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Cabu Gah: I love attention

My Man

Cabu Gah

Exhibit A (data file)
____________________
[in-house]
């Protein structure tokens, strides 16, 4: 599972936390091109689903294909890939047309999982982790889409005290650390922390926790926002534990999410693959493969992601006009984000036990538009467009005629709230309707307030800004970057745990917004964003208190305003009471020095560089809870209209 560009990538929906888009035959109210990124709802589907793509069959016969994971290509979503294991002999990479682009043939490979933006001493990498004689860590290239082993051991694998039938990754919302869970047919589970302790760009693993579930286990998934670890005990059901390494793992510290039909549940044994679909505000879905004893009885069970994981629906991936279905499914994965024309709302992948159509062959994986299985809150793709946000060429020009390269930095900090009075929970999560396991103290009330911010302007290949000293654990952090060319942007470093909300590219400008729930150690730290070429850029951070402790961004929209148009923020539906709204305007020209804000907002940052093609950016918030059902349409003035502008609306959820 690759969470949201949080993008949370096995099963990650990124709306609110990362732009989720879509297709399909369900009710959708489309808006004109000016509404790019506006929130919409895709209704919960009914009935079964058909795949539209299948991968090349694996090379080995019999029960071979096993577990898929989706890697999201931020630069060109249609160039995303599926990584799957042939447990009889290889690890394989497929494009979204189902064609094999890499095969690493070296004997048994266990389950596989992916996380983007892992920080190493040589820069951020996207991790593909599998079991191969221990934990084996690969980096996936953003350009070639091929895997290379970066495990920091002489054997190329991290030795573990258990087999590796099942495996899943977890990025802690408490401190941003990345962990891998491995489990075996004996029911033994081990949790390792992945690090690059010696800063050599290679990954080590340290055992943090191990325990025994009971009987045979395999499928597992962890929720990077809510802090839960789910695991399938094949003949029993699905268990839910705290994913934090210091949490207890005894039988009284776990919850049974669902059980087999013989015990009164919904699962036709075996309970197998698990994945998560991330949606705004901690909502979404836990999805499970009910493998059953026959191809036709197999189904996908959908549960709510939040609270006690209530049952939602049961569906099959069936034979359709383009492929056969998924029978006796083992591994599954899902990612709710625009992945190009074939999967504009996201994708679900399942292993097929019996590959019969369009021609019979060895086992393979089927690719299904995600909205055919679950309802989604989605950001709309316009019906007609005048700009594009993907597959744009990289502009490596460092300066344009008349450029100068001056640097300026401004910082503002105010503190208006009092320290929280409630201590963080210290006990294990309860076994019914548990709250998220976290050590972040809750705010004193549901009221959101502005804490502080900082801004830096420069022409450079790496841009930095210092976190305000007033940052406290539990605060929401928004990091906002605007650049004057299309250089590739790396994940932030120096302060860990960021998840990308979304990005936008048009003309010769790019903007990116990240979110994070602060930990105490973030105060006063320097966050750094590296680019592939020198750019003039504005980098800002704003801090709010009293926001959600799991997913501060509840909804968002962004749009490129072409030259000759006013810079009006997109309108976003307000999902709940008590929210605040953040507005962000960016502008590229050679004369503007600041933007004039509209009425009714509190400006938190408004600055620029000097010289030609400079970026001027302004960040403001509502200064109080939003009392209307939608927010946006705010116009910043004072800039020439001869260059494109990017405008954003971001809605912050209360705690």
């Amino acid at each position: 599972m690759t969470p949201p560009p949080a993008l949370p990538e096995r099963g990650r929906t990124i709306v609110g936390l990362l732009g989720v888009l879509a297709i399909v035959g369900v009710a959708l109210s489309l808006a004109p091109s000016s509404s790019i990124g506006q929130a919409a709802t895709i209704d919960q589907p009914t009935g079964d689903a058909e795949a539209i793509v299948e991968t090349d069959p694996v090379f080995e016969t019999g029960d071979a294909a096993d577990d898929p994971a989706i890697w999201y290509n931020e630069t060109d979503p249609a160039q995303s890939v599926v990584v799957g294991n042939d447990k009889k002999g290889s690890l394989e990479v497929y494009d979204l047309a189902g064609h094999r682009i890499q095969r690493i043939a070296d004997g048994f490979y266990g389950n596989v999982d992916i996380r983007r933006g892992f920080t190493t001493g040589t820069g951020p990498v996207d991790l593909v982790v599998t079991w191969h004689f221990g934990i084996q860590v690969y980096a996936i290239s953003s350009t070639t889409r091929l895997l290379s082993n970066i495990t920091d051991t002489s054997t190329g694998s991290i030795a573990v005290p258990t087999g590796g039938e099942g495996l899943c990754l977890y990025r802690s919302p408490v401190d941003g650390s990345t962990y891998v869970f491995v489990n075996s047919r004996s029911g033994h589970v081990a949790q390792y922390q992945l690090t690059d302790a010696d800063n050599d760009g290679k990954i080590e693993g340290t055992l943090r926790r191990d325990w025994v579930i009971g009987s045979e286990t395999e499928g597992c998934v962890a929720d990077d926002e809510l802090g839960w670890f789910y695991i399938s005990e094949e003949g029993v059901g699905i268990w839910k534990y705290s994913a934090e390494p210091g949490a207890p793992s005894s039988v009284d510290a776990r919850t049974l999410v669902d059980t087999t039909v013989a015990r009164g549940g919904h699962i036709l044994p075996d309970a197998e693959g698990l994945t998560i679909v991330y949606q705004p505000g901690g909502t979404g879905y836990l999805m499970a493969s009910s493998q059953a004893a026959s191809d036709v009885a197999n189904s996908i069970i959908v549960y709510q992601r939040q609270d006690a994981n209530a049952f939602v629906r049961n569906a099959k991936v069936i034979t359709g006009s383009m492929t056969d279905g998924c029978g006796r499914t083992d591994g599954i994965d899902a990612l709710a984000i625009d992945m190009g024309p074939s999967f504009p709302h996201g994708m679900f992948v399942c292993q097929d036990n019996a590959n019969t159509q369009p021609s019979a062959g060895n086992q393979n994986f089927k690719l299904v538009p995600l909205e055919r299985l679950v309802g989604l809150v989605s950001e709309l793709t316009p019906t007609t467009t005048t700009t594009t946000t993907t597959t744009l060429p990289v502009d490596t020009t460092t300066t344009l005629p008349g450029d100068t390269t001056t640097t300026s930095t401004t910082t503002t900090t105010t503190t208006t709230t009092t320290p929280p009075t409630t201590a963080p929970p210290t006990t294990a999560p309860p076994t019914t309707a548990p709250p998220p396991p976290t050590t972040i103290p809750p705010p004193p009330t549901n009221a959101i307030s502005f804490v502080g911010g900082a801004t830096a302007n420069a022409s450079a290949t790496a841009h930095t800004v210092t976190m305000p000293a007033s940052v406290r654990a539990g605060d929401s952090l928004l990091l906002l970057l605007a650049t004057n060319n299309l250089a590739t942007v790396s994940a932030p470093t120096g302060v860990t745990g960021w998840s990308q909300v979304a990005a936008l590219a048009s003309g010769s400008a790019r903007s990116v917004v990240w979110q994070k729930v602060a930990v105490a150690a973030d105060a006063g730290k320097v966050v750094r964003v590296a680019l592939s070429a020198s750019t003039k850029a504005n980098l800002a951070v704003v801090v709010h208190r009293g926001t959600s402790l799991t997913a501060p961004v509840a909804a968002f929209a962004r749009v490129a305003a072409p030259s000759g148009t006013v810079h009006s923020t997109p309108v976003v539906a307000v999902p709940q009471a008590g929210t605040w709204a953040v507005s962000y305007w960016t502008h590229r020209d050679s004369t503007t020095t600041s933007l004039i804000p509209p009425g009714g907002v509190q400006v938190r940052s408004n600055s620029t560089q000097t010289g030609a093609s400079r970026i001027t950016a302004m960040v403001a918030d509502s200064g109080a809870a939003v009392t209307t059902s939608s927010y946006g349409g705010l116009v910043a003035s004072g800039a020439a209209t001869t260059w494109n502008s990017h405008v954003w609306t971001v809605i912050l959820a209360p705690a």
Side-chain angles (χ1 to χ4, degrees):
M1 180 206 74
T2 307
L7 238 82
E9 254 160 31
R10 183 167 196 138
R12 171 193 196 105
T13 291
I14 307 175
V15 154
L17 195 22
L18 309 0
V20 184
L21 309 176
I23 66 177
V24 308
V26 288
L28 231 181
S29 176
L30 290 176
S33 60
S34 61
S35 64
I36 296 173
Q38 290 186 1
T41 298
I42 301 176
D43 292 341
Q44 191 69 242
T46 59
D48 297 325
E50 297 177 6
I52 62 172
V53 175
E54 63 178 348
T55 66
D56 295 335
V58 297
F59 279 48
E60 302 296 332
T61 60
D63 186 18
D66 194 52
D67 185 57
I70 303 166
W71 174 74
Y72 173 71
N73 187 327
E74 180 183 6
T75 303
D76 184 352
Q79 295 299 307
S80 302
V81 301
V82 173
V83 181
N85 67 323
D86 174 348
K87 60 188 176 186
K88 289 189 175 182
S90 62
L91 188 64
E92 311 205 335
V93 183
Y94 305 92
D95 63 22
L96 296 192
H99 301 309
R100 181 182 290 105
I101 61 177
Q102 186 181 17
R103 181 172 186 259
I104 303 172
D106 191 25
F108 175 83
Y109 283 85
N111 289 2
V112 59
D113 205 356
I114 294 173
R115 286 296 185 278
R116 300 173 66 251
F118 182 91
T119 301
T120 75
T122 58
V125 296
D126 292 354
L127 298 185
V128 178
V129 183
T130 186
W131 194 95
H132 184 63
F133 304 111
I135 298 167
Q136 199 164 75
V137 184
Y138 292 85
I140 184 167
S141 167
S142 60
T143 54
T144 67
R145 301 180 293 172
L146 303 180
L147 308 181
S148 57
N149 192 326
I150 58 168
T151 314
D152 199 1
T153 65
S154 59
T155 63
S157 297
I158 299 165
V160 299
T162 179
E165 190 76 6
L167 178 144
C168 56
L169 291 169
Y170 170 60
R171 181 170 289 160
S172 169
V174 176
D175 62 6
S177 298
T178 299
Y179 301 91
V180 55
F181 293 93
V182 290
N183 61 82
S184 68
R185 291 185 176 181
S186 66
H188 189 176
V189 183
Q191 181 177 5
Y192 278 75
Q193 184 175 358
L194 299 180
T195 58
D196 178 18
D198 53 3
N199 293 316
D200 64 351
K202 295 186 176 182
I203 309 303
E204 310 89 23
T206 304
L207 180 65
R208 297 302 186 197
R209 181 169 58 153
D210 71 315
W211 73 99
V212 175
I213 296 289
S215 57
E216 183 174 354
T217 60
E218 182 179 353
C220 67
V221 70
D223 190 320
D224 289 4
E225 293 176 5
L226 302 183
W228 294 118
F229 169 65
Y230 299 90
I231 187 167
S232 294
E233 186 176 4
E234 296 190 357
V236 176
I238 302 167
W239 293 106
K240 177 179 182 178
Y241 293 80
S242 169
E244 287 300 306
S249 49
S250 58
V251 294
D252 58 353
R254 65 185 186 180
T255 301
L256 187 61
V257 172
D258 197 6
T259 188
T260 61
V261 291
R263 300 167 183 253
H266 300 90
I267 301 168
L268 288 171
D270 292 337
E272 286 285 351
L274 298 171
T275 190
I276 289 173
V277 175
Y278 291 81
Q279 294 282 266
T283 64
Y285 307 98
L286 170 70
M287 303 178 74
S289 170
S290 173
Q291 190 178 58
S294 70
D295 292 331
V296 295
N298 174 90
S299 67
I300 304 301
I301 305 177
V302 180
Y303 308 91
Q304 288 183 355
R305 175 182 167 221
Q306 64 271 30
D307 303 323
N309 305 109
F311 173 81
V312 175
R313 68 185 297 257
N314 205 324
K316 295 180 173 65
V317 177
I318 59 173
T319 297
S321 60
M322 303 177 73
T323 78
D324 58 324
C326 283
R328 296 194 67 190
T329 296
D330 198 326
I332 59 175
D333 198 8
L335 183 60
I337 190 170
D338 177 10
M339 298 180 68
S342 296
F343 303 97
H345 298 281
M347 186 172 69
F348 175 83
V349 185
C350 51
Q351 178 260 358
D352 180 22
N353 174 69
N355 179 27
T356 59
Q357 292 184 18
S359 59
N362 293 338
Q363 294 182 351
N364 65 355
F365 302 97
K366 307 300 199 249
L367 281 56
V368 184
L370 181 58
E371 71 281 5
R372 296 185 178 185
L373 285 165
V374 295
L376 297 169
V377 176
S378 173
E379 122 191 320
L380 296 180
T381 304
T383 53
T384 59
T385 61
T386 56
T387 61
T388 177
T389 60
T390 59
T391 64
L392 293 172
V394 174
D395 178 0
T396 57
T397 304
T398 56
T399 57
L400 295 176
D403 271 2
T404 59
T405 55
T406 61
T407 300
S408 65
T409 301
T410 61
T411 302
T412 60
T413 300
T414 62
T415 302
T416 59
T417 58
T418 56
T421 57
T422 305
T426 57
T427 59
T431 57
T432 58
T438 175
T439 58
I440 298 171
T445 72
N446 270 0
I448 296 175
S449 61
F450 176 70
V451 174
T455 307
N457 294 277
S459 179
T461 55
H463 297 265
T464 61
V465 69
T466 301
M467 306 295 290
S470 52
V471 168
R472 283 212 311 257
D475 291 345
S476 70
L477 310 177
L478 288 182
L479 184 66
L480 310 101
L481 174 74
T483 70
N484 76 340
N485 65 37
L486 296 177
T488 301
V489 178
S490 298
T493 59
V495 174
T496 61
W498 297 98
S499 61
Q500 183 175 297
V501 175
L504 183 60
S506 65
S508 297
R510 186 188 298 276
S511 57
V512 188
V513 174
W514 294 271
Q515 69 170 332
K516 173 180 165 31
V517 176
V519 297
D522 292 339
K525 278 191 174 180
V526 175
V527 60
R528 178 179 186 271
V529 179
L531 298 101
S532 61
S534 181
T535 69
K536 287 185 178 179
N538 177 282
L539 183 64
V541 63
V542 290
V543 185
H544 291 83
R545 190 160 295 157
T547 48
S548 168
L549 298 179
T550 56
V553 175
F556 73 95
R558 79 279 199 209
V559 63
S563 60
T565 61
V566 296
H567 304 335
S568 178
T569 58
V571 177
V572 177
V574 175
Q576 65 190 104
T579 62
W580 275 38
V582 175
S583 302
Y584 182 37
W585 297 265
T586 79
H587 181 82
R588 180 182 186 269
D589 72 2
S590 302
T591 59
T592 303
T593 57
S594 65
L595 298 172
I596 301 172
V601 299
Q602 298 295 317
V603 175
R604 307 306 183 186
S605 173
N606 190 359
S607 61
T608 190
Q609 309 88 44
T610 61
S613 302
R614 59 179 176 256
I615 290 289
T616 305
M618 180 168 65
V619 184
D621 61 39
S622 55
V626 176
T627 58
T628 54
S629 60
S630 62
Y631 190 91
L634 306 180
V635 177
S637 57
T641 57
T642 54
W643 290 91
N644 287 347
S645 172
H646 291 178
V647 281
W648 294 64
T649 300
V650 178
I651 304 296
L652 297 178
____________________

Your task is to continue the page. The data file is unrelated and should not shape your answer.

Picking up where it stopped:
Two people who know you told us to expect anything when coming to meet you. Seems like they were right. We kind of expected someone older. Like 36 years old. Older...? Like how many years? That is eleven years added to my age. But I guess you are not alone. Most people think I am big in size and gruff. A bear-like person. They probably also think I have one of those impossible-to-shut-out voices. They can’t be farther from the truth. I’m 25 years old, and as regular as any average man on the streets of any town in Kenya. Your name, Cabu Gah, it sounds fictitious. Is it really your name? It isn’t. And it is. My birth name is Ken Kabuga Gachie. Cabu Gah is my middle name broken down and written differently. But pronounced as Kabuga not Cabu Gah. My father, is Kenyan. Not the Rwandan fugitive Felicein Kabuga. Absolutely no relation. You went through two high schools. Kegonge Boys High School and Kamiyu Secondary School... Yes I did. My first school was Kegonge Boys. I got expelled from the school over a difference with the administration. What sort of difference...what exactly led to the expulsion? In 2005, everyone in Form Four in Kegonge Boys got a Y in KCSE. I was in Form Three then. We thought it was unfair and hit the streets. A riot. Our destinations were the education offices in Chukah and Runyenjes town. When we came back to school, they called the demonstration a crime and expelled about 50 students who were active during the riot. I happened to be in that list of 50. Rabble-rouser is it? That is what most people know you for... did it start this early? What I do is to say things that people want to say but they don’t. Things that they turn around in their minds and then drop. They think of those things but for the sake of harmony, they choose to be silent about them. Is that so...even when attacking people? Okay, there was that period when most, if not all, of what I wrote was negative. Attacks and harsh words. Now I’m cleaning up. Look, this probably should be tied to how I ended up blogging... Ok. Go on... I never really thought I would be here. At the start, about two years, I was probably jealous of Denis Itumbi (who is a man from my home by the way). I admired his blog posts. But I would hate on anything he wrote. I would read his articles and search for any negative aspect then write my comments. Whatever thing he wrote, I had to get something negative about it. And I can be really good at saying negative things. I can come up with some pretty nasty and twisted things. People loved my comments on his articles. Was this a conscious decision or did it just happen? It was conscious. I was doing it for attention. I had decided to first go negative before cleaning up my work. From commenting on Itumbi’s work, I started writing blogs for different platforms. My posts were negative and harsh and vicious. So basically, you used negativity to get prominence? Look, I love attention. I’m an artiste. If you are an artiste and do not love attention, I think you need to go home. At all costs, even when your reputation and that of others who come under your pen are at stake? In art, you have to be different. This is my identity, my style. I speak uncomfortable truths. I believe I am really good. I pick your weaknesses and use them to rip you apart. I think I am the social media Howard Stern in Kenya. You believe you are good... You sound too self-assured, even self-exalting... OK. Let’s say that I am wrong. What about those who awarded me the Most Influential Blogger award last year at Xtreem Awards? What about the ones who have nominated me for this year’s Social Media Awards (SOMA), sponsored by OLX for the Most Influential Facebook Personality award? What about my 15,000 Facebook fans? Are they also wrong? There is this notice pinned on the wall in your office. ‘Accuracy and Reliability’. Some people dismiss your work as based on unfounded claims... Do you ever look at the notice on your wall before posting a story? I do. And I do my research, proper research. In all, I can say that I am 90 per cent accurate on my blog posts. What people need to understand is that I’m a social commentator. Not a news reporter. Ghalfa! has writers who report. I work for Ghafla! too, but I comment. What I write is my opinion. Not everybody can agree that my opinion is 100 per cent right or accurate. But you do rub people the wrong way. Has anyone of them taken you to court? Court, no. But fans of specific people have threatened me. Is it true, that you once formed part of a slapstick comedy crew from Embu, performing in Embu language? I’ve done a bunch of things, you may be shocked. Straight off high school, yes I did. The group made a CD called Makothe, which in Embu means something stupid. My screen name was Mvengero. We sold a tidy number of CDs. In 2008, after coming to Nairobi, I recorded a rap track at Jomino ENT (where Kenrazy, DNA and Kaya also did their thing). I called myself Gavva and recorded a song called Prime Minister. You can check it out on YouTube. That sounds like a political song... what exactly was going on in your life then? Kenya was political at that time with the 2007 elections and the violence and anxiety still fresh. I was just tapping into those emotions. The song is a party anthem though. I saw myself as a rap prime minister then. What happened to the rap career? This was about the time that I got hijacked into blogging and social media activity... I still rap... You have a twin brother, who is he? Cool dude, my brother. Jim Gachie. And another brother whom you lost early this year... Yes man. An older brother. He was called George Gachie. Lived in Embu and worked in the Matatu industry. And he loved his bottle. But his bottle, according to his financial ability, was not the safe kind. On May 6, when 69 people passed on in Embu County after consuming illicit brew, he was among them. What is your fondest memory of George? We were cool. Tight like thugs. I remember him as the most humble person in our family. The one who everyone was glad to meet. What of your parents? My father is hands on, with strong views and opinions. He is well-read and articulate. I think he is loud too, and can’t be ignored. My mother is a pastor. And finally, where does that leave you on matters religion- taking into account the nature of your current work? I’m a very religious Protestant. Given a chance I would lead a spiritual revolution. Where did you grow up? I was born and raised in Embu Does blogging pay your bills? It does. I blog for Ghalfla! and get a monthly salary for that. Then there are event appearances that I make and get paid for the appearances. Sometimes I MC at those events too. I also do product promotions. That sounds like a substantial sum… Maybe not…I worry about when I will be able to buy a car. But it is sufficient enough for me to hang out in a pub where beer goes for Sh200 bob Sh600. Are you dating? No. Not at the moment.